The “modern synthesis” is dead – long live the evolving synthesis!

  4. 4
    scordova says:

    Greetings Allen MacNeill,

    As always I am delighted to hear from you. I thank you again for you kind treatment to my IDEA comrades at Cornell.

    I will try to offer little anecdotes like this from pro-ID scientists in relevant fields.

    regards,
    Salvador

  5. 5
    jpark320 says:

    That was sweet
    “A whole age of scientific endeavor was wasted searching for a phantom. It is time we stopped and looked at the facts! Natural sciences failed to supply any evidence for Evolution. Christian philosophy tried to accommodate this unproved postulate of materialist philosophies. Much time and intellectual effort went in vain, leading only to negative moral consequences. It is time those working in the humanities were told the truth.”

    Funny how people could look at the same thing 2 completely different ways. I was about to say the mechanisms by which we are supposed to have (macro)evolved are obviously nowhere to be seen and supports our suspicion that the biogeographical distribution of species and in the fossil record is not as clear cut as it seems.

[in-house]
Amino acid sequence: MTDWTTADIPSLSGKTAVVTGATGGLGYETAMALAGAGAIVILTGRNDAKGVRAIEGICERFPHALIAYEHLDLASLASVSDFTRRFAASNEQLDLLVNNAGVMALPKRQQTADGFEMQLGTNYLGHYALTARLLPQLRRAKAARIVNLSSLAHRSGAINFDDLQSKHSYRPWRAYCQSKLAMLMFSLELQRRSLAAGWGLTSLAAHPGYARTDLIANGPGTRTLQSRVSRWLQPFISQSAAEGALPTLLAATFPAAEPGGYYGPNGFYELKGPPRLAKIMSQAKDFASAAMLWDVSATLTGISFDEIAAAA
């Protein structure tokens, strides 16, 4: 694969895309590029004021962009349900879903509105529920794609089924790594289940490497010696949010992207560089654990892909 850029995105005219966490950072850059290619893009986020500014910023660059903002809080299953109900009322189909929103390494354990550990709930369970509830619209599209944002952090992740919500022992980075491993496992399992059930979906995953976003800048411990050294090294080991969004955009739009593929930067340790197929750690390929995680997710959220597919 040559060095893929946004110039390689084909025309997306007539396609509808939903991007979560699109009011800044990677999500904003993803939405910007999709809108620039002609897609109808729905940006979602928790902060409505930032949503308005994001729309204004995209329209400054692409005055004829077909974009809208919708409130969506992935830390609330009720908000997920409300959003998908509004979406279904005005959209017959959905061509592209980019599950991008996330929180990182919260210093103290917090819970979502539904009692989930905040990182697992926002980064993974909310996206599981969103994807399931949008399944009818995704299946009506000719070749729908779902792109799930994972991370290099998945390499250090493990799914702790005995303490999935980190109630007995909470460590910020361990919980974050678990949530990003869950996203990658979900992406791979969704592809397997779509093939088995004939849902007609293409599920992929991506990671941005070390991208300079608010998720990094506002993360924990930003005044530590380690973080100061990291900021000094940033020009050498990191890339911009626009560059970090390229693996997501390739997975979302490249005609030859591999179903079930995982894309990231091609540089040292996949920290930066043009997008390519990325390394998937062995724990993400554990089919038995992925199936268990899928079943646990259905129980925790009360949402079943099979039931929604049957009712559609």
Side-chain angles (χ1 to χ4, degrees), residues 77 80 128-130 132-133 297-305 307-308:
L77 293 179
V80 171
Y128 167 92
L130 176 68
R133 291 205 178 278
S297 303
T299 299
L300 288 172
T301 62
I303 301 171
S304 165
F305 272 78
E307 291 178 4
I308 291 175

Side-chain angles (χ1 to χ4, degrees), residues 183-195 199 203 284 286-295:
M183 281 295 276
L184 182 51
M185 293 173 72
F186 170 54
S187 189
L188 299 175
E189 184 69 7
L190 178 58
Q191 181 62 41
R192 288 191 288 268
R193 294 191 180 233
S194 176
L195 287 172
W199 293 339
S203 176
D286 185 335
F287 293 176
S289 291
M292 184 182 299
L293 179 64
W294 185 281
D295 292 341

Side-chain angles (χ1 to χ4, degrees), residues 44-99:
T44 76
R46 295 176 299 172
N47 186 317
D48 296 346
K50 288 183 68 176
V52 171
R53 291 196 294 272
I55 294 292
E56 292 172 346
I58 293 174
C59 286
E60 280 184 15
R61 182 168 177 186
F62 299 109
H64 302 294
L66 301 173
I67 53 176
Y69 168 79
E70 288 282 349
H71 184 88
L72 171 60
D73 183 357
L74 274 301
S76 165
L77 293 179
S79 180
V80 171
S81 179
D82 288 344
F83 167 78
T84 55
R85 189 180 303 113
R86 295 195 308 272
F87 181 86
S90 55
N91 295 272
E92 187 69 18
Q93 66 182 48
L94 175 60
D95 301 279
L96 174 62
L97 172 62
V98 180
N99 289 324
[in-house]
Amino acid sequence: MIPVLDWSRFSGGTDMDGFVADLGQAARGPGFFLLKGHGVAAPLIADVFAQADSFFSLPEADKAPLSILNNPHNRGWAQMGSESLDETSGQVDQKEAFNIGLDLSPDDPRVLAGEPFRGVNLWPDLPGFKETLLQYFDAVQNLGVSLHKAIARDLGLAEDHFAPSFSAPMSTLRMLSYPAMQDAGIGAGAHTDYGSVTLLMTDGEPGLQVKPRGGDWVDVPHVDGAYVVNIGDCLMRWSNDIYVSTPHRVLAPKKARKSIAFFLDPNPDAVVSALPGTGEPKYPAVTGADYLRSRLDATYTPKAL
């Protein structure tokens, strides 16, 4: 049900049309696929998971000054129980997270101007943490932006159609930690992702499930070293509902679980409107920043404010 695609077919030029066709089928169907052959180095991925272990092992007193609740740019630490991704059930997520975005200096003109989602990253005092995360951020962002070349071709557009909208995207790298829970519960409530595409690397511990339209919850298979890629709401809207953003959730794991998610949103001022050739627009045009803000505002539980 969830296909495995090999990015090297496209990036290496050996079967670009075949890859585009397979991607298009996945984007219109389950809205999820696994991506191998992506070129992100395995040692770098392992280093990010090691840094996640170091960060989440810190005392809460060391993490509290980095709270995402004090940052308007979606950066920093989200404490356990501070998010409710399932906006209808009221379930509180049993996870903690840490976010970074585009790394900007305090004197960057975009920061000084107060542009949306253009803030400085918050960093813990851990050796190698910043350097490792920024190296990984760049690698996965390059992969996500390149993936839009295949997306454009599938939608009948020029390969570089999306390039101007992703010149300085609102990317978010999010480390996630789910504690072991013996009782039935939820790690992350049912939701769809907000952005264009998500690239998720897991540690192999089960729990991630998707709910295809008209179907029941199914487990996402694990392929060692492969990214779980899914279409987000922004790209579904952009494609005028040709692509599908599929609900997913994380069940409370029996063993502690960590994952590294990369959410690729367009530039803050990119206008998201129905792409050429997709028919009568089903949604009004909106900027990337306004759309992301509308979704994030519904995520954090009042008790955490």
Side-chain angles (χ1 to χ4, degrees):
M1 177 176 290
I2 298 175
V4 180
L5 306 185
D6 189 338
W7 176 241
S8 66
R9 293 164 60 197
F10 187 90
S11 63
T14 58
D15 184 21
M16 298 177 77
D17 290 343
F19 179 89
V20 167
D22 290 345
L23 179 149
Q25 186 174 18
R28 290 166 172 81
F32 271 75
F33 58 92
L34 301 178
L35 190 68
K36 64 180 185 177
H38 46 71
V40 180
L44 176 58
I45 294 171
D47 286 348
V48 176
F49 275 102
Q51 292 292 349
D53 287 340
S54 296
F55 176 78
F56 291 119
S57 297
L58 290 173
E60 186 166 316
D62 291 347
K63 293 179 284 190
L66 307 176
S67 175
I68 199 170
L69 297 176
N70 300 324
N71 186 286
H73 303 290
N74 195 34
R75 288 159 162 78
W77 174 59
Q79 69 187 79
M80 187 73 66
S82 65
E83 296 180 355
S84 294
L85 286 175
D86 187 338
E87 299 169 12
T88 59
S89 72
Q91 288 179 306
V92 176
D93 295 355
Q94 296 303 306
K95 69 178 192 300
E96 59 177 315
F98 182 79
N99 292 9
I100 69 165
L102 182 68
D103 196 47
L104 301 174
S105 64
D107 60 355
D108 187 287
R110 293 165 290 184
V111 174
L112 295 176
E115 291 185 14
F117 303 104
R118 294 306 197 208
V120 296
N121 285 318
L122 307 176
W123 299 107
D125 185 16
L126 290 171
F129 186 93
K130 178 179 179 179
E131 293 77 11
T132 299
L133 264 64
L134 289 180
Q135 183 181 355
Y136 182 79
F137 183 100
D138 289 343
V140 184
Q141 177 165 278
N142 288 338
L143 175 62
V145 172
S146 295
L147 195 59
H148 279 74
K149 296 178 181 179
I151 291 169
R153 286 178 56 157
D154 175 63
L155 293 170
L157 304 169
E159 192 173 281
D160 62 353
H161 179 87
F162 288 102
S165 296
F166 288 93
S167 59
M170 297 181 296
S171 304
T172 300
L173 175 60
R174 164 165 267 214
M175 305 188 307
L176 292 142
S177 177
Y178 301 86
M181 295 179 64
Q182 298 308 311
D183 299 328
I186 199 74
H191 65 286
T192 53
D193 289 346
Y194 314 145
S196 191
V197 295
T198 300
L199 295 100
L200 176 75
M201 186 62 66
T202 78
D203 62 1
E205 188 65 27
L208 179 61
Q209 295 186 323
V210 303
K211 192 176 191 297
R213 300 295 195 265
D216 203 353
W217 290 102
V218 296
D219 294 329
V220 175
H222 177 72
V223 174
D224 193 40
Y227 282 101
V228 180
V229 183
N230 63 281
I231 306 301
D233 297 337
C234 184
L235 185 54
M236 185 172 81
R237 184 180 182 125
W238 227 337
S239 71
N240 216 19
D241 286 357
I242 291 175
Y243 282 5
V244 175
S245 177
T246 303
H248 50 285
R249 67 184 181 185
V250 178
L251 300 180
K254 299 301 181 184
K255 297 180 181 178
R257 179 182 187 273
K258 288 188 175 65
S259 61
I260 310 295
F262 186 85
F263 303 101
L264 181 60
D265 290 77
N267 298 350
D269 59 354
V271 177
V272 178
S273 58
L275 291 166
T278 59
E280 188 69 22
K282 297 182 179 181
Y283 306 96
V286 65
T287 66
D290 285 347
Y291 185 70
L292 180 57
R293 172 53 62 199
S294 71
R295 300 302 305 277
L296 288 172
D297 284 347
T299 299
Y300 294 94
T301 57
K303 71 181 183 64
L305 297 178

6. 6
    JGuy says:

    Russ, maybe the book is just another missing effect of evolution.

  7. 7
    Douglas says:

    Dr. MacNeill,

    “On the contrary, the evidence that macroevolution has happened is all around us, in the patterns of biogeographical distribution of species and in the fossil record.”

    No, those patterns can be better and more easily explained, when they actually exist, in other ways – ways which do not imply common descent, nor macroevolution (the two going hand-in-hand, basically). A global Flood, strata laid down by differing water velocities and separation of particles, mobility of life-forms generally increasing with increased complexity of the life-form (resulting in life-forms with greater complexity generally being found “above” less complex life-forms), etc..